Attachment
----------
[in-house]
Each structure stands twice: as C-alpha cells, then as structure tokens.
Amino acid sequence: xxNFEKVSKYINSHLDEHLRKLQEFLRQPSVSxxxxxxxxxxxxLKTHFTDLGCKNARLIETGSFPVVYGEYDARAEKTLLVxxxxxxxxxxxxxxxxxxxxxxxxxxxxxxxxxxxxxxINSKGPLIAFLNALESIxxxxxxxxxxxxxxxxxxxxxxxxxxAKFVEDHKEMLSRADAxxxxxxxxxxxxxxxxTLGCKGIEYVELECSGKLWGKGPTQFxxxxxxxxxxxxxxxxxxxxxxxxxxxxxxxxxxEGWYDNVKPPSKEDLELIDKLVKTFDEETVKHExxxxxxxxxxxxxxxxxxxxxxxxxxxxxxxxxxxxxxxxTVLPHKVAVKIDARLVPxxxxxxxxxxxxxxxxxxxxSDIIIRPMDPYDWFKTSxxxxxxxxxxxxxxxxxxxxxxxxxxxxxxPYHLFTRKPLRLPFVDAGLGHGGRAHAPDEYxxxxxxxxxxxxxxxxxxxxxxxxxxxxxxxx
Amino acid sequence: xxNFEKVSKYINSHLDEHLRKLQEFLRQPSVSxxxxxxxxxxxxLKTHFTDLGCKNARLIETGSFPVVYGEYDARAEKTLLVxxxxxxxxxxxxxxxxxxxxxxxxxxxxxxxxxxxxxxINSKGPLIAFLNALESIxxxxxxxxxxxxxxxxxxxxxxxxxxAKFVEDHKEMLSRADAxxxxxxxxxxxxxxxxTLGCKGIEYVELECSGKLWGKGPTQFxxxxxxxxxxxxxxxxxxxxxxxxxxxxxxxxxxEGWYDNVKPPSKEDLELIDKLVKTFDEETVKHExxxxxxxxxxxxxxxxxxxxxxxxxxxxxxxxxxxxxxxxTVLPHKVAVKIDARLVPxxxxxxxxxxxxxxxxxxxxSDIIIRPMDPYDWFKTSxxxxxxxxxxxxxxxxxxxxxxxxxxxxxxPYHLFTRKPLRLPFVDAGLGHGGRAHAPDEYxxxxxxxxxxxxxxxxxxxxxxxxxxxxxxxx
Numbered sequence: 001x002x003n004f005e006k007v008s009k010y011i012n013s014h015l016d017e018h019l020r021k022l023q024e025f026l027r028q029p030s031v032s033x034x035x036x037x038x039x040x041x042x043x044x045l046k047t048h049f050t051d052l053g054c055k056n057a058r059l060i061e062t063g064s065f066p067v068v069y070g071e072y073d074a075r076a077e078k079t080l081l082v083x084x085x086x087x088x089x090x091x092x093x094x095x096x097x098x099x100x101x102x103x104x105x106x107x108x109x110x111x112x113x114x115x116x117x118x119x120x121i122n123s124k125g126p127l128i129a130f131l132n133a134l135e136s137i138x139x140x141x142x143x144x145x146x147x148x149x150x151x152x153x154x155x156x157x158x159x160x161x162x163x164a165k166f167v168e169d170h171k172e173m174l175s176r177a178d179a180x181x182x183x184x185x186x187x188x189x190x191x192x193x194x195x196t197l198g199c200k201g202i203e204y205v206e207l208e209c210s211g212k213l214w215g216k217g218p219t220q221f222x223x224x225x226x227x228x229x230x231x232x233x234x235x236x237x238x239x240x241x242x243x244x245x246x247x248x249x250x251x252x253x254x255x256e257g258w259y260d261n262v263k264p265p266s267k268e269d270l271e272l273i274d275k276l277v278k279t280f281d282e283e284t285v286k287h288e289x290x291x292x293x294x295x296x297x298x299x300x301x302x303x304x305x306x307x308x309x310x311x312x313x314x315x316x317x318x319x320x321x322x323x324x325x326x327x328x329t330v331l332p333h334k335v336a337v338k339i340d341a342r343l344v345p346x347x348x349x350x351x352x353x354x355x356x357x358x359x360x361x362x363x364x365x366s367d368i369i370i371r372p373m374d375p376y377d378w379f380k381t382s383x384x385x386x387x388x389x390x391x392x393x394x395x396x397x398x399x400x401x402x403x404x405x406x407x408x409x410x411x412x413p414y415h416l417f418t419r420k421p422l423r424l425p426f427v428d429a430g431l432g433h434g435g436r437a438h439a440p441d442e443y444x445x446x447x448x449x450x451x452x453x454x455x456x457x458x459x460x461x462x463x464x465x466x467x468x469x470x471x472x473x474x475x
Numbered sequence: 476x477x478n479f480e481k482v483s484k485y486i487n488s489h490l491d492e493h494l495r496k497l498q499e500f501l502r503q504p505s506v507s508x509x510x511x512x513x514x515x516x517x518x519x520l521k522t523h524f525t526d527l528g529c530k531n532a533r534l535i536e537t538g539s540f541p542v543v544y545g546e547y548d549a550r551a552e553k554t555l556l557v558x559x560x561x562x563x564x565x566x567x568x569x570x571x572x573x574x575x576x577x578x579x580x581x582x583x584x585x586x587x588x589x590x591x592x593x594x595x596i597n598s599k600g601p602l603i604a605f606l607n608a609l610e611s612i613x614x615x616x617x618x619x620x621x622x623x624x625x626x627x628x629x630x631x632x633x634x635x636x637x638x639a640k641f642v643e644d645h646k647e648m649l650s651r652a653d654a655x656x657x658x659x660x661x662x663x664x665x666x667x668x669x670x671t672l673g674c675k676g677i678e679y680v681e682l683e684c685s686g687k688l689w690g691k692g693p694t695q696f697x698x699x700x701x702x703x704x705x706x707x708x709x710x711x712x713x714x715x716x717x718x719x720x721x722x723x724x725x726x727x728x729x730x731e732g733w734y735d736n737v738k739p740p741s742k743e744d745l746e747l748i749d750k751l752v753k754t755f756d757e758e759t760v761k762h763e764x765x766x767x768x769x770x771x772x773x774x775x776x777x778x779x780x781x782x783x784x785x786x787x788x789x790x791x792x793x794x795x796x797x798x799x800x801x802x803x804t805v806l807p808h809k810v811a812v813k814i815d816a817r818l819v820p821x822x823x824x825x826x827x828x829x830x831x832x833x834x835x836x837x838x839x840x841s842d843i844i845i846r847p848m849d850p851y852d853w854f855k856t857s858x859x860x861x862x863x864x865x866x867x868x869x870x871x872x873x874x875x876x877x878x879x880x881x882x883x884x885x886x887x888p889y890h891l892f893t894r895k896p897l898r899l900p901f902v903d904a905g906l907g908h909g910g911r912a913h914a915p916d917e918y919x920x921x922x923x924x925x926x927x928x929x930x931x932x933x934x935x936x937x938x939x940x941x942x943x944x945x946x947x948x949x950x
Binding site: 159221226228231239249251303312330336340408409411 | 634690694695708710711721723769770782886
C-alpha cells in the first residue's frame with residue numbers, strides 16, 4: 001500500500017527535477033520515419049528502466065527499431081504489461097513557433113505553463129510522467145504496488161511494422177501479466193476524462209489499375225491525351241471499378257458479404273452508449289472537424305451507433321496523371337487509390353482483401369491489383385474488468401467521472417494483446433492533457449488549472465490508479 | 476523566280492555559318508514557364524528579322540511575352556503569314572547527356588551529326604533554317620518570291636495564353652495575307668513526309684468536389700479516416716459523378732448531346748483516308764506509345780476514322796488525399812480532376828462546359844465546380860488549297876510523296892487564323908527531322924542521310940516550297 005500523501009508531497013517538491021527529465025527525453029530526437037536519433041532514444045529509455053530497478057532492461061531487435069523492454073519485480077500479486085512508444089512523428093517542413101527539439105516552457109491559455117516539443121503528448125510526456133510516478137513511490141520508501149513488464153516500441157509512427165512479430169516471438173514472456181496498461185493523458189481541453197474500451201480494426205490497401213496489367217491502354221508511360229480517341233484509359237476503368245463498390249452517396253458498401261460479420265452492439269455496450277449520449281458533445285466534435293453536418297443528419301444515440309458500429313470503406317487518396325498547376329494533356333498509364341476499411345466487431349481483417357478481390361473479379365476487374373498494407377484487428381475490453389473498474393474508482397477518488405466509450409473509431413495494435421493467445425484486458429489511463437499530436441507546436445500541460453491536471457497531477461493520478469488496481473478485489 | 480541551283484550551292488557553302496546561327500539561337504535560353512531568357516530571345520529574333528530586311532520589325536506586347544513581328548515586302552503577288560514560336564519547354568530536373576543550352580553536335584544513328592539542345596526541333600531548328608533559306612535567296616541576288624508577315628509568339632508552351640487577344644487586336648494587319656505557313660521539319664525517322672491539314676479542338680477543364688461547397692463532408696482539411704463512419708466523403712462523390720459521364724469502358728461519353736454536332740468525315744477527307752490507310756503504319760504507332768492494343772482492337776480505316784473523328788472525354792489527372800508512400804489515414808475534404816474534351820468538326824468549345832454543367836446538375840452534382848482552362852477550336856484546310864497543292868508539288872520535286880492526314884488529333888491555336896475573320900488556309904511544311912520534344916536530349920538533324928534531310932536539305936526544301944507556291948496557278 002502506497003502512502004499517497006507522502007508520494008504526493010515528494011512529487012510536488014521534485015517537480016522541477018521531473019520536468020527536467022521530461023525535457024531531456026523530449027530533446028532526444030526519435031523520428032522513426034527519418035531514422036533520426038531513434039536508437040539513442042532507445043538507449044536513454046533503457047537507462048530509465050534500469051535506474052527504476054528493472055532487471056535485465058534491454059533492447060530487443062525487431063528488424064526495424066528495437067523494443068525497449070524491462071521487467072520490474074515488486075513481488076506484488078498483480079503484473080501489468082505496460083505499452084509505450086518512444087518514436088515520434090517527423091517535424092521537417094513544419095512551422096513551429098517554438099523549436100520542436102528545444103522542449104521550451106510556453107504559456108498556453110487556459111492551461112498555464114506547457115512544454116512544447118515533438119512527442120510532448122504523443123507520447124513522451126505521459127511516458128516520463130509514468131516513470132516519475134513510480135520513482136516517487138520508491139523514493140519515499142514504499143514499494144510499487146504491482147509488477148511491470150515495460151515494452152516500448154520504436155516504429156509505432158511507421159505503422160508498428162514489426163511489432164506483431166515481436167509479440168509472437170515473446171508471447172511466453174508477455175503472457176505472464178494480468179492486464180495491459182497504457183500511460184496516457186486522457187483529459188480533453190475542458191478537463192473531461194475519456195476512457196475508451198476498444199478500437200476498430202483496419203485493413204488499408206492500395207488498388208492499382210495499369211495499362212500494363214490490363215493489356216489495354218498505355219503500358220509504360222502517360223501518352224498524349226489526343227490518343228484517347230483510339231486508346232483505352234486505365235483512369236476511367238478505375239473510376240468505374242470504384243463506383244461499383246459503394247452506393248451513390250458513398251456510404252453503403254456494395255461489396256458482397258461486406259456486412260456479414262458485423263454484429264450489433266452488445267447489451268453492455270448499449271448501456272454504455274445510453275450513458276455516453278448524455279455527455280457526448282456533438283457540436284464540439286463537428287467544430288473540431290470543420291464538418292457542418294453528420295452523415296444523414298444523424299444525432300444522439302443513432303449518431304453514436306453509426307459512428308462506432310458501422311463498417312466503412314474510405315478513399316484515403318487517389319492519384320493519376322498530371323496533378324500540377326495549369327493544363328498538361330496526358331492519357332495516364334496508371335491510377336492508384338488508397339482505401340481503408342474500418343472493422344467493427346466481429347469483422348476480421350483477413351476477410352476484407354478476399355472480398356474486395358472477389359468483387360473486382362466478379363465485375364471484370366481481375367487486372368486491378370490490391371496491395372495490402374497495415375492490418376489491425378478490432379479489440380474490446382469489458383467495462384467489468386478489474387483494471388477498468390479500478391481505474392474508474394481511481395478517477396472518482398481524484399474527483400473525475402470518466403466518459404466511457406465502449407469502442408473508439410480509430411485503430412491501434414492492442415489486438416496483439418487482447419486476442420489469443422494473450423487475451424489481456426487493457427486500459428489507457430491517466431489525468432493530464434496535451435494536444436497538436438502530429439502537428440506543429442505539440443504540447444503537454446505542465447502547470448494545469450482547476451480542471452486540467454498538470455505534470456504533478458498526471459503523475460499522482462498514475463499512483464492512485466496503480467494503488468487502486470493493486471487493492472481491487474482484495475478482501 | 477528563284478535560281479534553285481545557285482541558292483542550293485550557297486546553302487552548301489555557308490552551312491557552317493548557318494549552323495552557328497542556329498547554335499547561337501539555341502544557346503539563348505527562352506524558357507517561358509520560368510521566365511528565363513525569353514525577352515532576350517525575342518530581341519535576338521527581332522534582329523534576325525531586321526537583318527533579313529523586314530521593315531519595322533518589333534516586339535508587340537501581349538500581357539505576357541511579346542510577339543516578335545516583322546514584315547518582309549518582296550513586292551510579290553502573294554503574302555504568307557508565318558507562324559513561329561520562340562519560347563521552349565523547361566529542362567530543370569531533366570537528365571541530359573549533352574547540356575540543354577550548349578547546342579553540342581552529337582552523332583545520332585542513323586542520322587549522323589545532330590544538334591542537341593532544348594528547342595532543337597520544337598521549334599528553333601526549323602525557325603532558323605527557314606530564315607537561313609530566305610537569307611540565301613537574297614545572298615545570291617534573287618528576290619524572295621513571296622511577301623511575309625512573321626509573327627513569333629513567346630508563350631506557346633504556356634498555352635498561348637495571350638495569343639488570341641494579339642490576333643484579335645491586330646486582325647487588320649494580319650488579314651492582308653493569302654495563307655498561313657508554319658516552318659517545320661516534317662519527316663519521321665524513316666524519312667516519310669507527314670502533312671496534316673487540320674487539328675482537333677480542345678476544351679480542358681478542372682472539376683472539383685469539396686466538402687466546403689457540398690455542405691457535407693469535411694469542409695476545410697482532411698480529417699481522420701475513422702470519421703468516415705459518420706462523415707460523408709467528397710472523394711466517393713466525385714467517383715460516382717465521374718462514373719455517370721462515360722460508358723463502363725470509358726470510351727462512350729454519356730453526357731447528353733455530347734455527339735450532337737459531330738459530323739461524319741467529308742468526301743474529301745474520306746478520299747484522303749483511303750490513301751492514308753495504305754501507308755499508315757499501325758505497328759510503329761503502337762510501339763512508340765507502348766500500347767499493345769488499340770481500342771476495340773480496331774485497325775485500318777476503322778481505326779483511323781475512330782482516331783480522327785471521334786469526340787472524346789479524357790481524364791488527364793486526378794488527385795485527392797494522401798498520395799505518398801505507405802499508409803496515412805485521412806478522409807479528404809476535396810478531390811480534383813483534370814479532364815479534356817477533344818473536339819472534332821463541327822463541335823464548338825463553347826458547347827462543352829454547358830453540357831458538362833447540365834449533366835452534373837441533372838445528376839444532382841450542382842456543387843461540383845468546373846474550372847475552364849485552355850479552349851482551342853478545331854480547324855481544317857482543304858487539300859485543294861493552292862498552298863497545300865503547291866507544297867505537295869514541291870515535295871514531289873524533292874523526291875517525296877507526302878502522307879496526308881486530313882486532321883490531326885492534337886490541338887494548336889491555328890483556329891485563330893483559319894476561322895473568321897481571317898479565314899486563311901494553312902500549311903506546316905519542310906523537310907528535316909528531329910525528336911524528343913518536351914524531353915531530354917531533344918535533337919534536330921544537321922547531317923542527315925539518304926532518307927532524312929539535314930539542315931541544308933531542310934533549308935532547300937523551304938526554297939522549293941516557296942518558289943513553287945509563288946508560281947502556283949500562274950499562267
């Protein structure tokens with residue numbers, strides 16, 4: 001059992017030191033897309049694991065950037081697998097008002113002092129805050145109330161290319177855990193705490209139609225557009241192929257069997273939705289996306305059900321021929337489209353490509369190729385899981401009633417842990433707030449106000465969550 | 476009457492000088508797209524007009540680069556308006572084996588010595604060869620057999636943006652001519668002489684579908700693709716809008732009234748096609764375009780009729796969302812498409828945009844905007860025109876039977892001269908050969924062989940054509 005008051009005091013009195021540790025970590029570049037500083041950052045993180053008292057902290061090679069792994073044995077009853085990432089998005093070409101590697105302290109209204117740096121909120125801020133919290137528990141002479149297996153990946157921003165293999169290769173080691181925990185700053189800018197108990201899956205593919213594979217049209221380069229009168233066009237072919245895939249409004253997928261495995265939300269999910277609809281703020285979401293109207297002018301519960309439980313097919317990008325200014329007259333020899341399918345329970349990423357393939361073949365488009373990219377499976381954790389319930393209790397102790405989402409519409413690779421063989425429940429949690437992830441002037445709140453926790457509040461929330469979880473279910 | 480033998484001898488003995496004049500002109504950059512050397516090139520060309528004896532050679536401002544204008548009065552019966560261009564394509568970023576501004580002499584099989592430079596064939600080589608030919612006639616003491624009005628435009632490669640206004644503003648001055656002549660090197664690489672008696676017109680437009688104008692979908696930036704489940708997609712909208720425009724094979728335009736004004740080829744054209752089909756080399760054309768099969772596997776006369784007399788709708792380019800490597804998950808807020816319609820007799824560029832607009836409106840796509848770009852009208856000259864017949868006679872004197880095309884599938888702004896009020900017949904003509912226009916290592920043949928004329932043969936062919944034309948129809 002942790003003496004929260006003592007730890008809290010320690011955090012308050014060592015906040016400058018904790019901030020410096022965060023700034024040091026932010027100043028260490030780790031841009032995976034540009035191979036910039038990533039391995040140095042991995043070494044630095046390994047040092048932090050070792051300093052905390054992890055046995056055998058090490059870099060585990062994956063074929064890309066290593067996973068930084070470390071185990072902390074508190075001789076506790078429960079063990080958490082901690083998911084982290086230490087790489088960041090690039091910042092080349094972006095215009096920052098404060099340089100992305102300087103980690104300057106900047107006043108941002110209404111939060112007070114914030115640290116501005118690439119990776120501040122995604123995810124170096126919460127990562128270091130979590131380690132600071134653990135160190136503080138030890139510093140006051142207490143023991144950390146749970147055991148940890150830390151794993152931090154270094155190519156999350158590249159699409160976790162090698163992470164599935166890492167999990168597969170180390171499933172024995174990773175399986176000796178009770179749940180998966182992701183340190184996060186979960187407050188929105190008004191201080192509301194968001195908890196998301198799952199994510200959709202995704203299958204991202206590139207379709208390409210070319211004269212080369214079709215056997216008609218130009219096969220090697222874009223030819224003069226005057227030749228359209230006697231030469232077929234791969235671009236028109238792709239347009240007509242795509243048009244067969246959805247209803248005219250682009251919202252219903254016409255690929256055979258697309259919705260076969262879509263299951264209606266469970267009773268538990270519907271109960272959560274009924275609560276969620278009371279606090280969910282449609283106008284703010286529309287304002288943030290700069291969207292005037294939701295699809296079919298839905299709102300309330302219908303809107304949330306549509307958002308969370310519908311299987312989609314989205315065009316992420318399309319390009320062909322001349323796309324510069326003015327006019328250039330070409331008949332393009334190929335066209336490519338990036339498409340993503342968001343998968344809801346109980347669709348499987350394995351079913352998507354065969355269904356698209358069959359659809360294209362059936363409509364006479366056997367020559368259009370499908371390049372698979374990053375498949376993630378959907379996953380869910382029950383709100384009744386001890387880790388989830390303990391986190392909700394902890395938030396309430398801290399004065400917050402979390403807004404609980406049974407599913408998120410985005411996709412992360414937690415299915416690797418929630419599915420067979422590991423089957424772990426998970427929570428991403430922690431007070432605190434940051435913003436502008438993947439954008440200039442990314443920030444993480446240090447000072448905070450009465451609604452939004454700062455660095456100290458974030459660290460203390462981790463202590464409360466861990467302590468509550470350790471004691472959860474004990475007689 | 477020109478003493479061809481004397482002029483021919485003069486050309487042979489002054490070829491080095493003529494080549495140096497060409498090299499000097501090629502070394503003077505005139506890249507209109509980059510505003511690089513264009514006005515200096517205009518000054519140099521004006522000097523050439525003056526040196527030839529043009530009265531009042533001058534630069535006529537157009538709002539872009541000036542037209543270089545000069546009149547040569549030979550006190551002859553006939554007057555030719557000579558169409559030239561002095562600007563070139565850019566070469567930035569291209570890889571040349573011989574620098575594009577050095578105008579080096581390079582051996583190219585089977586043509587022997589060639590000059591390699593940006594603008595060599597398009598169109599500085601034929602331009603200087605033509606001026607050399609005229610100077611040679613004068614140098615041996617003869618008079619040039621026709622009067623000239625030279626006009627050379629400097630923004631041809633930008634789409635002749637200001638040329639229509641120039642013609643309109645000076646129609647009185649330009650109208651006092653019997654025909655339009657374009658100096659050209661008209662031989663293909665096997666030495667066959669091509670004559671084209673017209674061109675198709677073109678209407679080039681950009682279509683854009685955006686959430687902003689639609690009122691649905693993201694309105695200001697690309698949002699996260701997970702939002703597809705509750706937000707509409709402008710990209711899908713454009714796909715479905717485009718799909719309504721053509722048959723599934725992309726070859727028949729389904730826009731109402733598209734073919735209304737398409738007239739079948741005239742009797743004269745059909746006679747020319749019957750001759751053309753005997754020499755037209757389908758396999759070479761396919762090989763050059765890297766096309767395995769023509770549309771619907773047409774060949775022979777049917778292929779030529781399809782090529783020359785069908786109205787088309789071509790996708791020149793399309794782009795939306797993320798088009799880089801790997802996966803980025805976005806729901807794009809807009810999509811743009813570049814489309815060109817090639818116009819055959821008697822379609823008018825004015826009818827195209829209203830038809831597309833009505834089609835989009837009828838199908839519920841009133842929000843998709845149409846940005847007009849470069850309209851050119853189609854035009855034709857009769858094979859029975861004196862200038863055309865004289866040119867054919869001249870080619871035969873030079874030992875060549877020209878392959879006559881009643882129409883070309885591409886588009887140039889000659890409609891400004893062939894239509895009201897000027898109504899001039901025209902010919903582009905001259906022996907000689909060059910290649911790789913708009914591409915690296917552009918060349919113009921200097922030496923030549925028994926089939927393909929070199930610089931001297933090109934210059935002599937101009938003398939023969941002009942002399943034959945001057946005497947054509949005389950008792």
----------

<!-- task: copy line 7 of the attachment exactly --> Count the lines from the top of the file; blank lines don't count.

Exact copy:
Binding site: 159221226228231239249251303312330336340408409411 | 634690694695708710711721723769770782886